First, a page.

Does anyone else think it’s strange that Thanksgiving—a holiday meant to commemorate the moment when white settlers in America were essentially saved from starvation—now involves the biggest day of overeating in the calendar? (Actually, no, that makes perfect sense.) In any case, Thanksgiving will involve food, and lots of it—the National Turkey Federation estimates that Americans will eat nearly 46 million turkeys today, not to mention, stuffing, cranberries (watch out for the BPA), pumpkin pie and miscellaneous fixings. Put it all together, and it’s little wonder that the self-reported weight of the average American is now nearly 20 lbs. heavier than it was in 1990.
Now we could not eat all of that food—but then a lot of it would end up going to waste. In fact, food waste is a major problem around the globe—an estimated 1.3 billion tons of food, or about one-third of global production, is lost or wasted each year. In a world where nearly 1 in 7 people goes to bed hungry, that waste is criminal.
In developing nations, much of that food loss actually occurs in the field or on the way to market, thanks to poor farming practices and lack of infrastructure. But in rich nations like the U.S., most of the waste is due to consumers simply not clearing their plates—about 220 lbs. is wasted by each person at the consumption stage.
One way to avoid that—while reducing obesity—would be to simply to prepare smaller meals, even at Thanksgiving, as this piece from Elizabeth Weingarten of Slate argues. Meanwhile Danielle Nierenberg of the Worldwatch Institute—a Washington think tank that focuses on sustainability—has a few more tips on how to avoid food waste at the holiday season. I’ve condensed after the jump—and at the very least, hold onto your leftovers. (And any snarkiness is purely my own):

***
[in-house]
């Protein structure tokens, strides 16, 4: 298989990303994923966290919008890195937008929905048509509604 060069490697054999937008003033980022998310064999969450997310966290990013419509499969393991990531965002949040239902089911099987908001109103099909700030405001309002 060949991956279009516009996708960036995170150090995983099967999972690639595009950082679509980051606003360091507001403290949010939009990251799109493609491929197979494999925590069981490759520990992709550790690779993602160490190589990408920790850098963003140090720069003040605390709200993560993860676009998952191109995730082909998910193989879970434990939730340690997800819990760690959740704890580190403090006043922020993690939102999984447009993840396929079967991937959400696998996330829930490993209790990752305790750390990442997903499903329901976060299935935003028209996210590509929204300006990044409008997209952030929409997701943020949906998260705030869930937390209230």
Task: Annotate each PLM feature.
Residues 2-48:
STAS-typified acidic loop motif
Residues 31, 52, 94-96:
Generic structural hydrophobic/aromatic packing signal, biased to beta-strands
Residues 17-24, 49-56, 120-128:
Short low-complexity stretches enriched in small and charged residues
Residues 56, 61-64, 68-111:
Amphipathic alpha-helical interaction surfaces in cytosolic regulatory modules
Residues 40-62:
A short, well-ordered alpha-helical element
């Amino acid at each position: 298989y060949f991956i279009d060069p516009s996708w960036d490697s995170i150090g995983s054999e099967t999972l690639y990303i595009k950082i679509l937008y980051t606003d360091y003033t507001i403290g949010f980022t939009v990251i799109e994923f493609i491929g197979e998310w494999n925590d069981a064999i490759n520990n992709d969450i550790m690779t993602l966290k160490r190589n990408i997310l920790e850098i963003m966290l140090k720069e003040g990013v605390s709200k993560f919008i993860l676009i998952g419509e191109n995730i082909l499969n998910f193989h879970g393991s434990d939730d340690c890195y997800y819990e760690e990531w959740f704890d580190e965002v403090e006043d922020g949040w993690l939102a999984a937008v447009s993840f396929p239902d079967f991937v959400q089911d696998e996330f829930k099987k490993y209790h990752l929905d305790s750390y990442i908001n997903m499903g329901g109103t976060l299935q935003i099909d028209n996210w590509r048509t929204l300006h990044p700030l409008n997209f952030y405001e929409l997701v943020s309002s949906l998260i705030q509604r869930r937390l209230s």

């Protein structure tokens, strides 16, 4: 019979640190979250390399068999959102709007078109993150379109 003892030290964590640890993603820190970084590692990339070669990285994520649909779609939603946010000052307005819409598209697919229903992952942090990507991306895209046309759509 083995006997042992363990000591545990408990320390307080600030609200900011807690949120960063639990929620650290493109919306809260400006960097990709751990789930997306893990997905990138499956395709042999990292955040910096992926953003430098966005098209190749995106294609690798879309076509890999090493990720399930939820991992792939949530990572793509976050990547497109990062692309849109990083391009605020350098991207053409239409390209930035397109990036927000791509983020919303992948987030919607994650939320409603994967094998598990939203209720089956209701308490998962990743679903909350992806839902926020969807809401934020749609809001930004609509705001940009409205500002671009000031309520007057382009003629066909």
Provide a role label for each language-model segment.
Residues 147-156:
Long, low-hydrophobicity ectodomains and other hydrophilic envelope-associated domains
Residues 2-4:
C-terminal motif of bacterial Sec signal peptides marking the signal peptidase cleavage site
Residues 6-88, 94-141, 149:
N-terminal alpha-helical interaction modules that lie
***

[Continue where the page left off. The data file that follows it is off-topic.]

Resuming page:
- Be realistic about how much food you’ll actually need to serve your guests—and don’t be afraid to be a little stingy. (Seriously, have you seen the size of the average American?) The Love Food Hate Waste organization has a “perfect portions” planner that can help you right-size your meal.
- Create a list before you go, to cut down on the risk of impulse buys that will empty your wallet and swell your table.
- Use smaller utensils and smaller plates to encourage smaller portions, thus reducing waste. Guest can take second or third servings, but the very act of having two reach for more food could be a discouragement. In other words, just do the opposite of what a fast food place does.
- Encourage self-serving, which let guests choose for themselves whether they really want the Grandma’s bricklike potatoes au gratin.
- Store your leftovers safely, to keep them tasty for the future, and to avoid, you know, killer foodborne illnesses.
- Compost your food scraps instead of simply throwing them out. It helps to have a garden or to live in San Francisco, which encourages citywide composting.
- Create new meals from those leftovers—again, the Love Food Hate Waste site has a number of useful recipes for food scraps.
- Donate whatever you can’t use to your local food bank.
- Support food-recovery systems like New York’s City Harvest, which will actually collect leftovers from you.
- If you’re giving food as a gift, steer clear of highly perishable items and try to pick foods that you know the recipient will actually enjoy. In other words, skip the fruitcake.
More from TIME: Stopping Bushmeat Is Good for Conservation—and Bad for Hunger
Bryan Walsh is a senior writer at TIME. Find him on Twitter at @bryanrwalsh. You can also continue the discussion on TIME’s Facebook page and on Twitter at @TIME